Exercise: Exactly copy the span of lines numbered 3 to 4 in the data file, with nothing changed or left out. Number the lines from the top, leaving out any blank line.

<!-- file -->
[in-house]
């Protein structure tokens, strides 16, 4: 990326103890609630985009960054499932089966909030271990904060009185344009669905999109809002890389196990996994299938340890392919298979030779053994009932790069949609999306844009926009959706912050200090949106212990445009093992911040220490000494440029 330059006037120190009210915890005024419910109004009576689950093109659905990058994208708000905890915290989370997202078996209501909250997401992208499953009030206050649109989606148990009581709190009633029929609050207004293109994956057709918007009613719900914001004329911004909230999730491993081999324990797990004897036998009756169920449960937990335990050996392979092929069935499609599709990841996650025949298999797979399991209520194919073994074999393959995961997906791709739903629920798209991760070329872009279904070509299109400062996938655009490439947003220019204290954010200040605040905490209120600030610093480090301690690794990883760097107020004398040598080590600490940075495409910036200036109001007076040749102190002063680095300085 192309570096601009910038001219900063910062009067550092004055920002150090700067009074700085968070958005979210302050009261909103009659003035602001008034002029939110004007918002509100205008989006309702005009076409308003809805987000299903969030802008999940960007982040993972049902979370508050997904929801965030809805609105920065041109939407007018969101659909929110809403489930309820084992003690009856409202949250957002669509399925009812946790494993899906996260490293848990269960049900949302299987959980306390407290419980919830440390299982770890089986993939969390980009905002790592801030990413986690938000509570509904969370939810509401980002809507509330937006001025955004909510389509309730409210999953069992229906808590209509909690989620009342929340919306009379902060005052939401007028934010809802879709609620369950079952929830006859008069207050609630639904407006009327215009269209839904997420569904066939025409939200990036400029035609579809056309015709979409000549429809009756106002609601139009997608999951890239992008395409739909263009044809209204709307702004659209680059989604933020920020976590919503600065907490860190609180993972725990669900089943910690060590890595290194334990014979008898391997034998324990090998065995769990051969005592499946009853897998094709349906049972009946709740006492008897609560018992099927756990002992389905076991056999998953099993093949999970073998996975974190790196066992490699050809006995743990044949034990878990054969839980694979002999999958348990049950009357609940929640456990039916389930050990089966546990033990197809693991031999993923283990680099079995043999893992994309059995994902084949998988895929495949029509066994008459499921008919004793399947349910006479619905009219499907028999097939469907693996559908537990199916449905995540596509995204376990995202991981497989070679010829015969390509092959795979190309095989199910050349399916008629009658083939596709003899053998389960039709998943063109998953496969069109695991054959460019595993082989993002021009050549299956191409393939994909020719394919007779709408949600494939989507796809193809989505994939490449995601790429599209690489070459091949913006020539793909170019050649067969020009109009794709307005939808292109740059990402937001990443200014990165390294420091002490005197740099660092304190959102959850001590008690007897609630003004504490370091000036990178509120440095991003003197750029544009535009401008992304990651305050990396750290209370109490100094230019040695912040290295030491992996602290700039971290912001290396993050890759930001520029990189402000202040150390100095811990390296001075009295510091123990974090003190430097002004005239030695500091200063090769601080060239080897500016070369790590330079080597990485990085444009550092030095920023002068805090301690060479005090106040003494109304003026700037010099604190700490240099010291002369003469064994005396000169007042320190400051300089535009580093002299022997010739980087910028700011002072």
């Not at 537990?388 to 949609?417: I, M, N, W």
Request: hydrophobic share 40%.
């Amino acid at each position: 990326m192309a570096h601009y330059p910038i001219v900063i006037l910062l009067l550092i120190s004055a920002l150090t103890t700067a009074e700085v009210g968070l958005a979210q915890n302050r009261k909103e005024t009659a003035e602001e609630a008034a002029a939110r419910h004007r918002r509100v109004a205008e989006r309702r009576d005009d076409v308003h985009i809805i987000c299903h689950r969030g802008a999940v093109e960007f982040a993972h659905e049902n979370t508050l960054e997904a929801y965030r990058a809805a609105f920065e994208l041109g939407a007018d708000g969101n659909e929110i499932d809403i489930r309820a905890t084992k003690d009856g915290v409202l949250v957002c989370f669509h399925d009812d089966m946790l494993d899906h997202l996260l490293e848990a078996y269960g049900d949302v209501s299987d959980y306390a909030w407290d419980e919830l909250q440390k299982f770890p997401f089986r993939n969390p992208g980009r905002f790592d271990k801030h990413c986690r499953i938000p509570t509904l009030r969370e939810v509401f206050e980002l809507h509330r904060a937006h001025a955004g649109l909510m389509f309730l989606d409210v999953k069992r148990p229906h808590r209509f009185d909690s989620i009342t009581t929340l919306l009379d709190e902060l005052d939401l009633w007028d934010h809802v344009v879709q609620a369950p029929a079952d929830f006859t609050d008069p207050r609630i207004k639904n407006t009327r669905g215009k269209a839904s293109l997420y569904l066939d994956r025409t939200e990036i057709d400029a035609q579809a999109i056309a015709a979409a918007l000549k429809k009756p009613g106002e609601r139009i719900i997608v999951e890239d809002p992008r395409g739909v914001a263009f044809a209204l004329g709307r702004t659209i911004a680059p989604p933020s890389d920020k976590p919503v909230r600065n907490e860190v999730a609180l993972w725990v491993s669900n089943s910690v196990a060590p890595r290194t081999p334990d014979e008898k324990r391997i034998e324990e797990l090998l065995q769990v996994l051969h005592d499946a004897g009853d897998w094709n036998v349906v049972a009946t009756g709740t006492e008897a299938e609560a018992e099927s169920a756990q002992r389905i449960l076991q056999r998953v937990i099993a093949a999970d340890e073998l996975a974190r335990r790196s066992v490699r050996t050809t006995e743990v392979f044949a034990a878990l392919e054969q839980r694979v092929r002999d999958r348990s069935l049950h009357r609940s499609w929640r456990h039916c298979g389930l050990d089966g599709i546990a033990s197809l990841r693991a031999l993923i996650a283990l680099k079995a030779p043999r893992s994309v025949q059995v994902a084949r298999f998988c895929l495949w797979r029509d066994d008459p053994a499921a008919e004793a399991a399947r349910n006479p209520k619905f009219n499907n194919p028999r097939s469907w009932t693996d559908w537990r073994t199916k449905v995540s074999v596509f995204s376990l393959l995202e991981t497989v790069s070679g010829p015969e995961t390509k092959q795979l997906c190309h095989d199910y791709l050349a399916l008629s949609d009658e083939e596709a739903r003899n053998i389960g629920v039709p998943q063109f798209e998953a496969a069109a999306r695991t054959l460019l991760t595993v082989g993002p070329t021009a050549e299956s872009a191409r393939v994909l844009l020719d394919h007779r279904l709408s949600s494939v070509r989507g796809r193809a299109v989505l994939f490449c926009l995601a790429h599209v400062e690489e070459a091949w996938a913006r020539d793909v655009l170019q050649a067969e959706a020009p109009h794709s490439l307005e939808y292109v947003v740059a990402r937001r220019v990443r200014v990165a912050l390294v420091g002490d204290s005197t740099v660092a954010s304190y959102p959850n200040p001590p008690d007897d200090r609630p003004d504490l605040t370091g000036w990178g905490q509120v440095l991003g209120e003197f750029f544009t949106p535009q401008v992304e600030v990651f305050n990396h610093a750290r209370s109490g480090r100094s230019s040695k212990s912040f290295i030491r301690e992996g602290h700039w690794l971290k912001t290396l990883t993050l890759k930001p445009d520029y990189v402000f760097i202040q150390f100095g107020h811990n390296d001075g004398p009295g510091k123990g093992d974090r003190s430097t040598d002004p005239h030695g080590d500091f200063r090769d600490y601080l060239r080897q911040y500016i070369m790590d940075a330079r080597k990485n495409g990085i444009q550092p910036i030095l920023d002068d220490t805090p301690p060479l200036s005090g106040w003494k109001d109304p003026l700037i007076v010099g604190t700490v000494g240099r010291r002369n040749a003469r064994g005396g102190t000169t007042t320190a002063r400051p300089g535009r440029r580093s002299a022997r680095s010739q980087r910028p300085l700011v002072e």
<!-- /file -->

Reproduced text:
């Not at 537990?388 to 949609?417: I, M, N, W």
Request: hydrophobic share 40%.